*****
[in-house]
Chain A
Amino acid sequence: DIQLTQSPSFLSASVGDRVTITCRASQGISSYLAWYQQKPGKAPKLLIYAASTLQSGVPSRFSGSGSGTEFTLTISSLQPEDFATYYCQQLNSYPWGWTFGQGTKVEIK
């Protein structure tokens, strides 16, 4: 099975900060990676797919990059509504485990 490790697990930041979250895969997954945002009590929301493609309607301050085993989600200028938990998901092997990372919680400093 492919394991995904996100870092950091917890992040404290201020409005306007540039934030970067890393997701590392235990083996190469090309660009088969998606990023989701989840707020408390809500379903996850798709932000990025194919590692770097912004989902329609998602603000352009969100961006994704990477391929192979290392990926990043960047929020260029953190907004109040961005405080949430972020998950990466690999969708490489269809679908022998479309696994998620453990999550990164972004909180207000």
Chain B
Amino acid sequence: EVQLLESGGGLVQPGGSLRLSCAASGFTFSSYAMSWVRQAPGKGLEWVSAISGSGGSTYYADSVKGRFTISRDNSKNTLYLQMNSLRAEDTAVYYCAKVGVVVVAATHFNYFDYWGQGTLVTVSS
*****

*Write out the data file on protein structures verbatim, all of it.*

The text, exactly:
[in-house]
Chain A
Amino acid sequence: DIQLTQSPSFLSASVGDRVTITCRASQGISSYLAWYQQKPGKAPKLLIYAASTLQSGVPSRFSGSGSGTEFTLTISSLQPEDFATYYCQQLNSYPWGWTFGQGTKVEIK
């Protein structure tokens, strides 16, 4: 099975900060990676797919990059509504485990 490790697990930041979250895969997954945002009590929301493609309607301050085993989600200028938990998901092997990372919680400093 492919394991995904996100870092950091917890992040404290201020409005306007540039934030970067890393997701590392235990083996190469090309660009088969998606990023989701989840707020408390809500379903996850798709932000990025194919590692770097912004989902329609998602603000352009969100961006994704990477391929192979290392990926990043960047929020260029953190907004109040961005405080949430972020998950990466690999969708490489269809679908022998479309696994998620453990999550990164972004909180207000």
Chain B
Amino acid sequence: EVQLLESGGGLVQPGGSLRLSCAASGFTFSSYAMSWVRQAPGKGLEWVSAISGSGGSTYYADSVKGRFTISRDNSKNTLYLQMNSLRAEDTAVYYCAKVGVVVVAATHFNYFDYWGQGTLVTVSS